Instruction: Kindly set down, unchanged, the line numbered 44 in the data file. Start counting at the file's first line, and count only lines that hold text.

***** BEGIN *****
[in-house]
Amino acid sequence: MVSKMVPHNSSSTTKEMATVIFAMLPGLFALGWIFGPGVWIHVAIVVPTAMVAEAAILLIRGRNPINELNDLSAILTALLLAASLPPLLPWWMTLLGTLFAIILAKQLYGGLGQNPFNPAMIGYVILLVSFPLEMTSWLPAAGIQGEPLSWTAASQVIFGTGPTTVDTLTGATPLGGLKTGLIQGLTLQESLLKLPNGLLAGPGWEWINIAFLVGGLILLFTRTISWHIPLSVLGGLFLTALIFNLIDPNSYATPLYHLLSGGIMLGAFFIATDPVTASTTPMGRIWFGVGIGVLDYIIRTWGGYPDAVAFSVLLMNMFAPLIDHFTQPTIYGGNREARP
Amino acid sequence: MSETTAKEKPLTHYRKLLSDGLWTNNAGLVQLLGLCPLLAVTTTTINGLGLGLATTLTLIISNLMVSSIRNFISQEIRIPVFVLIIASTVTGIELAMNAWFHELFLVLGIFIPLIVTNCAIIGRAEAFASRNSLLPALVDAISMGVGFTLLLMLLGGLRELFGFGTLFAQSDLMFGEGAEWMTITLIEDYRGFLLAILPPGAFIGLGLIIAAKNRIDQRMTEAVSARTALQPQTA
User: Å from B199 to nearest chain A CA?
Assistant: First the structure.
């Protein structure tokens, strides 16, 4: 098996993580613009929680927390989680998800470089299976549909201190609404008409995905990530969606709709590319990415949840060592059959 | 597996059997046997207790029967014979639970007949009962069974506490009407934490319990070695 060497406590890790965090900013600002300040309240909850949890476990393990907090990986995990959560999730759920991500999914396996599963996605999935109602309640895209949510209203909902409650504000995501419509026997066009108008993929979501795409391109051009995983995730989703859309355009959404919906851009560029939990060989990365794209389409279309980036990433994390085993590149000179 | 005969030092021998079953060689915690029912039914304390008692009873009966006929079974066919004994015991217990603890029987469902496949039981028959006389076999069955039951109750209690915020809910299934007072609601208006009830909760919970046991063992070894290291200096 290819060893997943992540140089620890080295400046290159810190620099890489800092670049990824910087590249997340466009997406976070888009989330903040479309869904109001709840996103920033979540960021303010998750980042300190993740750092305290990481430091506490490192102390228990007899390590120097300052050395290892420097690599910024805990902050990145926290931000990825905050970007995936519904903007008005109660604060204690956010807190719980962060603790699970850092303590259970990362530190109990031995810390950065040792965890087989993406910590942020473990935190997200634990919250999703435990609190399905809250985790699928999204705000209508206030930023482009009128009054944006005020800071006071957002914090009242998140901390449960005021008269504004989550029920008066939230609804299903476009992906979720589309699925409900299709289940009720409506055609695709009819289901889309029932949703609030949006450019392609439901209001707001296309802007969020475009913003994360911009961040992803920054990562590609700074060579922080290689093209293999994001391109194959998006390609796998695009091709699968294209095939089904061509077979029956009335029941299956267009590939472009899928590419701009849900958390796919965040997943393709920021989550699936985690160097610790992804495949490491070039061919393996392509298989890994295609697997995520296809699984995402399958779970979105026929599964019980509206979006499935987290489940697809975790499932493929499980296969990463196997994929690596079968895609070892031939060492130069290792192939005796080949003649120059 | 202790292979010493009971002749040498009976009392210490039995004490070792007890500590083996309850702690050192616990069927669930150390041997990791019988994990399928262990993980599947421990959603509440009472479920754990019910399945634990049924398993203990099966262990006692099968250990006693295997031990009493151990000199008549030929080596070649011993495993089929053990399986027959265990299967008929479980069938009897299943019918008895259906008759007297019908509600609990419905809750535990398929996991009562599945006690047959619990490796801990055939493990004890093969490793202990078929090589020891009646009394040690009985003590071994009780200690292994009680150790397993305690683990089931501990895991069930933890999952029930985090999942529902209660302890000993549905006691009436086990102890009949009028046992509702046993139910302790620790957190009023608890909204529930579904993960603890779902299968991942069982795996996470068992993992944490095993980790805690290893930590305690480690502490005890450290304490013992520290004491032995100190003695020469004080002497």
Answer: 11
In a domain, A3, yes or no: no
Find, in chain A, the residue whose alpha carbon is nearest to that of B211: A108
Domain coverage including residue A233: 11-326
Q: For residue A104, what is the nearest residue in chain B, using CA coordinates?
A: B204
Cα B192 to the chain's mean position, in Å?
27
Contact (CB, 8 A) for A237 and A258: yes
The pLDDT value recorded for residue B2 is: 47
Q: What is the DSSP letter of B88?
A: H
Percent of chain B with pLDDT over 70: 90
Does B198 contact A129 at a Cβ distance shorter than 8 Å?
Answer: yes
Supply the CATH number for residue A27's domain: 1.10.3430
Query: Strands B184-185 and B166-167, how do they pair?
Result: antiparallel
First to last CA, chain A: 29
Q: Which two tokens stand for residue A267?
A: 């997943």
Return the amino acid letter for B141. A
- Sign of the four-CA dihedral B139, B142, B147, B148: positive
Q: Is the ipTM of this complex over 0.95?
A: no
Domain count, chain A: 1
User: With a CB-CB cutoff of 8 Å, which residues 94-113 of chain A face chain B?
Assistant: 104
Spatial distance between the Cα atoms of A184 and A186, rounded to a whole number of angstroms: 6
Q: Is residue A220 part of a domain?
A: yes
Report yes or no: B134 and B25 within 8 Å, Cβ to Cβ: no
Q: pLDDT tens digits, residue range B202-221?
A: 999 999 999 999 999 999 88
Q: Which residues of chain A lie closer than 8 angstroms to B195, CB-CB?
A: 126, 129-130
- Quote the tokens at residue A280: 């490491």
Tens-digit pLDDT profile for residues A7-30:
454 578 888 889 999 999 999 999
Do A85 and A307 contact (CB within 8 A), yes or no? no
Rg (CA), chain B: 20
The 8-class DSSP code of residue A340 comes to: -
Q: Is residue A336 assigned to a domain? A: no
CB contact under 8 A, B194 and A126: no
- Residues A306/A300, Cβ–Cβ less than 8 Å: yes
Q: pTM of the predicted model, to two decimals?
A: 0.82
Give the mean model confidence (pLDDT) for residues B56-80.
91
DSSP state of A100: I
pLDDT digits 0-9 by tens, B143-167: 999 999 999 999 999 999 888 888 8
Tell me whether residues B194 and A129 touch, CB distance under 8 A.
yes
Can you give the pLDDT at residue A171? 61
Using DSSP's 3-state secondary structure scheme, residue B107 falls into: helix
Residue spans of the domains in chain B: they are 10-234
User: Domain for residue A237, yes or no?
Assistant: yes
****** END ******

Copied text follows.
Tens-digit pLDDT profile for residues A7-30: